MUNSTER — After six weeks, the Teamsters union and Pepsi have reached an agreement ending the strike at the bottling plant in Munster.
The two sides agreed to a new contract after weeks of negotiations. Workers went on strike at the plant at 9300 Calumet Ave. over health care premiums that would have risen from $14 a week to more than $80 a week by 2025.
“The drivers ratified a new agreement this morning,” Teamsters 142 Leader Harvey Jackson said. “We’re getting drug-tested and the goal is to have everybody back to work by Monday.”
Jackson declined to reveal the terms of the new contract.
“We came to an agreement,” he said. “The company doesn’t like it. We don’t like it. So it’s probably good.”
Pepsi drivers at the plant in Munster haul Pepsi products like Mountain Dew, Lipton tea, Gatorade, Aquafina and Bubly sparkling water across the Midwest, including to Strack & Van Til, Meijer and Sam’s Club stores.
They had not received mileage raises over three contracts in the last 12 years, except for a one-time payment of $750. The company proposal that led to the strike offered no raise in mileage pay for any trips within 15 miles of the plant, less than a penny per mile for trips between 16 miles and 50 miles and a two-cent increase per mile to destinations more than 50 miles away.
Workers especially chafed at the proposed increase in out-of-pocket health care costs that could have left some taking home less pay in four years than they make now. Faced with a more than five-fold increase in health care premiums, the drivers went on strike for the first time since 1994, engaging for weeks in high-profile picketing along the heavily trafficked road, waving signs like “corporate greed” and “no contract, no pop” while a stream of passing motorists honked in support.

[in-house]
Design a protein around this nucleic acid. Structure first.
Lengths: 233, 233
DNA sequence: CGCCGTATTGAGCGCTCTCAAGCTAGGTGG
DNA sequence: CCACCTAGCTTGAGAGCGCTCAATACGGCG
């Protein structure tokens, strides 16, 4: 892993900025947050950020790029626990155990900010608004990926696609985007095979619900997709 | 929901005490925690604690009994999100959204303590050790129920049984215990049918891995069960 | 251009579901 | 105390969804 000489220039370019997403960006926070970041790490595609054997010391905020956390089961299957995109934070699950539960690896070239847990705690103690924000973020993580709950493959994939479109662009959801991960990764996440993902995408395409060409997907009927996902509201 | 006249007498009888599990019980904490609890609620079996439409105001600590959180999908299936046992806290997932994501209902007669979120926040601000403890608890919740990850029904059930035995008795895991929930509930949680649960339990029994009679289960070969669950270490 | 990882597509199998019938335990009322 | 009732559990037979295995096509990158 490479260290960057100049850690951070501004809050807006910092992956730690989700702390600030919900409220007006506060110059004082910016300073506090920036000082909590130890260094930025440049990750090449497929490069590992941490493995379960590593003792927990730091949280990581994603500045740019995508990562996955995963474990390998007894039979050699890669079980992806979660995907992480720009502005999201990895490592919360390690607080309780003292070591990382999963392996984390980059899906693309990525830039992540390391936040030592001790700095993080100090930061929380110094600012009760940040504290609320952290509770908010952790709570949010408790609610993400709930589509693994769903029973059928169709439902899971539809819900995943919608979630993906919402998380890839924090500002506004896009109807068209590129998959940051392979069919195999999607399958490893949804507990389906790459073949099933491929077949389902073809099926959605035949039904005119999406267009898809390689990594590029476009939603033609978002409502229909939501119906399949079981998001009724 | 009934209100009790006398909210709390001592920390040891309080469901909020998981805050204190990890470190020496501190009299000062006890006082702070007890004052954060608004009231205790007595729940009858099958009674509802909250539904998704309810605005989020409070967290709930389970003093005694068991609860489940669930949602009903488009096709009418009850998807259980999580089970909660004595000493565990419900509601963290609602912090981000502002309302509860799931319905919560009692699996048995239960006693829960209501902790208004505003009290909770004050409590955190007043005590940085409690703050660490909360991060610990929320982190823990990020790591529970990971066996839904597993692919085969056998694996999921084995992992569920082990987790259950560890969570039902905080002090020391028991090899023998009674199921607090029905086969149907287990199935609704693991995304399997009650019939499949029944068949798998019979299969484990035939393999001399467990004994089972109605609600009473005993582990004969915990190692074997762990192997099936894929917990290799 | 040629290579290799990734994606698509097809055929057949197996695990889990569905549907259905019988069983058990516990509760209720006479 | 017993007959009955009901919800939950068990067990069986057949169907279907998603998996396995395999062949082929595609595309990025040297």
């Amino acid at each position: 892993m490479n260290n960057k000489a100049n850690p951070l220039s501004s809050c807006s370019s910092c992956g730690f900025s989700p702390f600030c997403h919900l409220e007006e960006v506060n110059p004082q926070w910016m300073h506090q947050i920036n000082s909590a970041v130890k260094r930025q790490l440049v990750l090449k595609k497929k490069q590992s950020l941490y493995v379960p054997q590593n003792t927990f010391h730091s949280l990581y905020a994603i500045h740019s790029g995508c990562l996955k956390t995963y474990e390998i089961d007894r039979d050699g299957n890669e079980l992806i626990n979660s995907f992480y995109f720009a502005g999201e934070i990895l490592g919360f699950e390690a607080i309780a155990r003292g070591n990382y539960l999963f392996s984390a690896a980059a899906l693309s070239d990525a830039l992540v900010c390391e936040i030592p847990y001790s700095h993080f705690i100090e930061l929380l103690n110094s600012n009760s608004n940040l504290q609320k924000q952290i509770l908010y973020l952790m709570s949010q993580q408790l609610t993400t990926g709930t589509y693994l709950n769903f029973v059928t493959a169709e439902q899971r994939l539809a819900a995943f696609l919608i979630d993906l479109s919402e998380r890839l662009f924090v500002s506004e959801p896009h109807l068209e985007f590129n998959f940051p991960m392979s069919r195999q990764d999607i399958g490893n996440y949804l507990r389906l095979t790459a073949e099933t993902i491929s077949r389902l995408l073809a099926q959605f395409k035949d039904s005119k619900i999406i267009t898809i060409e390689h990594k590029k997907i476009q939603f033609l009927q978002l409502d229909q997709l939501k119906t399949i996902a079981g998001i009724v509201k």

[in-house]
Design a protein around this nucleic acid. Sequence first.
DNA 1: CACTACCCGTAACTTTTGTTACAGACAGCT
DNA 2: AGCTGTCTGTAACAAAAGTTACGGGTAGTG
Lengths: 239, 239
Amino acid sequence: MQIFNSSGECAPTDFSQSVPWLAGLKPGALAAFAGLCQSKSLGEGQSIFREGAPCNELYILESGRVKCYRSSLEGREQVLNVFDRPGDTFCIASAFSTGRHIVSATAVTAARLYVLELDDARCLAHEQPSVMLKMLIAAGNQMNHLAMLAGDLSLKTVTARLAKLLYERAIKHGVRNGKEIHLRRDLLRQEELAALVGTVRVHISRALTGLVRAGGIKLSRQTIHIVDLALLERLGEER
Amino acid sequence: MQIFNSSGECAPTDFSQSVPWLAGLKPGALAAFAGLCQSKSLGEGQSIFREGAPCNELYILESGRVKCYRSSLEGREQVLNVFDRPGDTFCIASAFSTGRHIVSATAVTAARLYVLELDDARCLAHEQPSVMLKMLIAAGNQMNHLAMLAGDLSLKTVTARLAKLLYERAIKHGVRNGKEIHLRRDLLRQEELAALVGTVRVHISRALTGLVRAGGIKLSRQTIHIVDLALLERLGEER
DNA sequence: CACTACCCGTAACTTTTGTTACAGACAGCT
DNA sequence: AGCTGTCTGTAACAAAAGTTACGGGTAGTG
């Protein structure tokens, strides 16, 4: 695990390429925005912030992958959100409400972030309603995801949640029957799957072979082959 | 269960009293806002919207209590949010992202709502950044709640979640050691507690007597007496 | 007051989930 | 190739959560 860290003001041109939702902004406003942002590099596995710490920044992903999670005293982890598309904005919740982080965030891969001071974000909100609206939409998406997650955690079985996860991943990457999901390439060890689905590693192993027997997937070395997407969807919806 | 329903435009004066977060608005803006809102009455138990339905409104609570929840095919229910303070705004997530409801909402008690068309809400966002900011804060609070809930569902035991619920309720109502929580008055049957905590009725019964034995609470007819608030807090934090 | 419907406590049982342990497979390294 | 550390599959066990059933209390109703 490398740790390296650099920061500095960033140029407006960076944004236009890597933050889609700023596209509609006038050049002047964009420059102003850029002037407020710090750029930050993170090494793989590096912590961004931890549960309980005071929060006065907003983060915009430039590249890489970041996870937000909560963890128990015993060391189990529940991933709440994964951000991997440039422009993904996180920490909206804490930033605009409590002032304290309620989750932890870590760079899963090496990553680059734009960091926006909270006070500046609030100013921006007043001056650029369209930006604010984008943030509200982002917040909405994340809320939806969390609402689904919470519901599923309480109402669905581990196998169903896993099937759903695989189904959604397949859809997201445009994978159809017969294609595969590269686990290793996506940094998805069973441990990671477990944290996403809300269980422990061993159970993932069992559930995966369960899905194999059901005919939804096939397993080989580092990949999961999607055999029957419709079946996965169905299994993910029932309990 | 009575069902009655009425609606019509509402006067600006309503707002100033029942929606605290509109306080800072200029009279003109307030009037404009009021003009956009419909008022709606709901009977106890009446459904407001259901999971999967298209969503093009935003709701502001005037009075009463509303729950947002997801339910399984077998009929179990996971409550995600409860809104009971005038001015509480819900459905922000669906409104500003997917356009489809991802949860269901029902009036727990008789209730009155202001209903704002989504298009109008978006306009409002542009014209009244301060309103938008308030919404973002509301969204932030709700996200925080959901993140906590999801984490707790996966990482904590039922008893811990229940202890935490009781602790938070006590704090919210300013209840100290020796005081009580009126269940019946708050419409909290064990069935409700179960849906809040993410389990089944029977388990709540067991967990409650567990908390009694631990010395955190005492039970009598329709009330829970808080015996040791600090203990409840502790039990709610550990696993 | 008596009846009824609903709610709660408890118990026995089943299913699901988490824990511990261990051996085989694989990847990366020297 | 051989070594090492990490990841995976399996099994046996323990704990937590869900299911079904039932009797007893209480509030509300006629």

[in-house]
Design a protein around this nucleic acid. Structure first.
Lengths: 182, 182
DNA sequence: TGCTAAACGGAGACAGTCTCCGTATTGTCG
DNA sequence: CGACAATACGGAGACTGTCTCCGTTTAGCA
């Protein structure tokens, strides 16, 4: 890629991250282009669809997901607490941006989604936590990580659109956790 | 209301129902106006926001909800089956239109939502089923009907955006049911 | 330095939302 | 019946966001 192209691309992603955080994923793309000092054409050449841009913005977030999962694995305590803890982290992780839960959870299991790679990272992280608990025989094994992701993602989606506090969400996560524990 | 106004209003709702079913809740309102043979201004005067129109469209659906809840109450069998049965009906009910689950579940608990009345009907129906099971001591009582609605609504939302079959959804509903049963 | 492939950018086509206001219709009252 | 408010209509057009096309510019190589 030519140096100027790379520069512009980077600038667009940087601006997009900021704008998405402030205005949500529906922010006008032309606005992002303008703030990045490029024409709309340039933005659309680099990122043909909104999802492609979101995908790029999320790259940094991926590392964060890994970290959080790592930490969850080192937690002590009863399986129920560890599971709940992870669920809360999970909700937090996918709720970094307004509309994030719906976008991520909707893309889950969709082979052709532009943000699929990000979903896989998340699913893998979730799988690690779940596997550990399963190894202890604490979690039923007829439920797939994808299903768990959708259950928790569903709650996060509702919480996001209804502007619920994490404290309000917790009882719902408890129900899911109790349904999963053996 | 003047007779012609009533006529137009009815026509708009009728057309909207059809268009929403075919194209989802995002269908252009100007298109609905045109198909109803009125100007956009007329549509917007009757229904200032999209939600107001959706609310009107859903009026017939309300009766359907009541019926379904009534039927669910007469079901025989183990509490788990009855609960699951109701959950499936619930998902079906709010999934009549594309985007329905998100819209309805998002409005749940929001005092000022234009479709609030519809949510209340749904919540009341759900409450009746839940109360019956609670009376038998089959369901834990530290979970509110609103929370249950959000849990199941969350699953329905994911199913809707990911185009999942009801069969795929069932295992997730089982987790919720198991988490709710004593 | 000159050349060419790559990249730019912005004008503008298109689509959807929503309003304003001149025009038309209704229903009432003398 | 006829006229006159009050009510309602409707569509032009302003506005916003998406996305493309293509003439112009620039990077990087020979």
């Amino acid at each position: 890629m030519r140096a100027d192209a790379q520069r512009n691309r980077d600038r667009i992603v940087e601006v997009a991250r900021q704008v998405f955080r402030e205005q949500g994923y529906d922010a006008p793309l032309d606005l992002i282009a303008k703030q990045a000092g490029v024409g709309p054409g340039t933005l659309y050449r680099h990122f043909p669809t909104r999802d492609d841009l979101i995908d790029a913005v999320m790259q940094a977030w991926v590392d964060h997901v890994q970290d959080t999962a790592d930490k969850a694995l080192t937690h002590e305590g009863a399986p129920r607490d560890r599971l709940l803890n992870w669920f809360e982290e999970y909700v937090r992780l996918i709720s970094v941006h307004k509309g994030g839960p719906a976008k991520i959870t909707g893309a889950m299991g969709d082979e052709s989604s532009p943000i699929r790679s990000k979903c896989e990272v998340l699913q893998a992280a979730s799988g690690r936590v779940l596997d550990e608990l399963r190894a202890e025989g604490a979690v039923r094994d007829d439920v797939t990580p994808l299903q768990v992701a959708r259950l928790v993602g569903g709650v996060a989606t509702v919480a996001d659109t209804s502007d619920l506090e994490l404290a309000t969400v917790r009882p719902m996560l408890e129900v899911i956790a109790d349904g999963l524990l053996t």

New York-based Pepsi did not immediately respond to requests for comment.
About 107 drivers will return to work at the bottling plant. Jackson said some left during the prolonged strike to take jobs elsewhere.
“It took longer than expected,” he said. “Six weeks, nobody expects that.”
Other unions, including United Steelworkers locals, stepped up to bring the striking drivers water, food for grilling and other supplies.
“Teamsters Local 142 would like to thank the community in general for supporting us during this time,” Jackson said.
Pepsi trucks driven by non-union managers and independent contractors continued to haul products to and from the plant to local stores during the strike. Jackson said he wasn’t sure if there was a backlog.
“We’re ready and willing to get out all the orders,” he said.
A majority of workers agreed to the new four-year contract.
“It’s a new proposal,” Jackson said. “It was put forward after plenty of meetings and lots of discussions. There’s a return-to-work settlement that says how we’re going to come back and ensures guys aren’t going to get retaliated against for anything they said to managers or anything managers said to us.”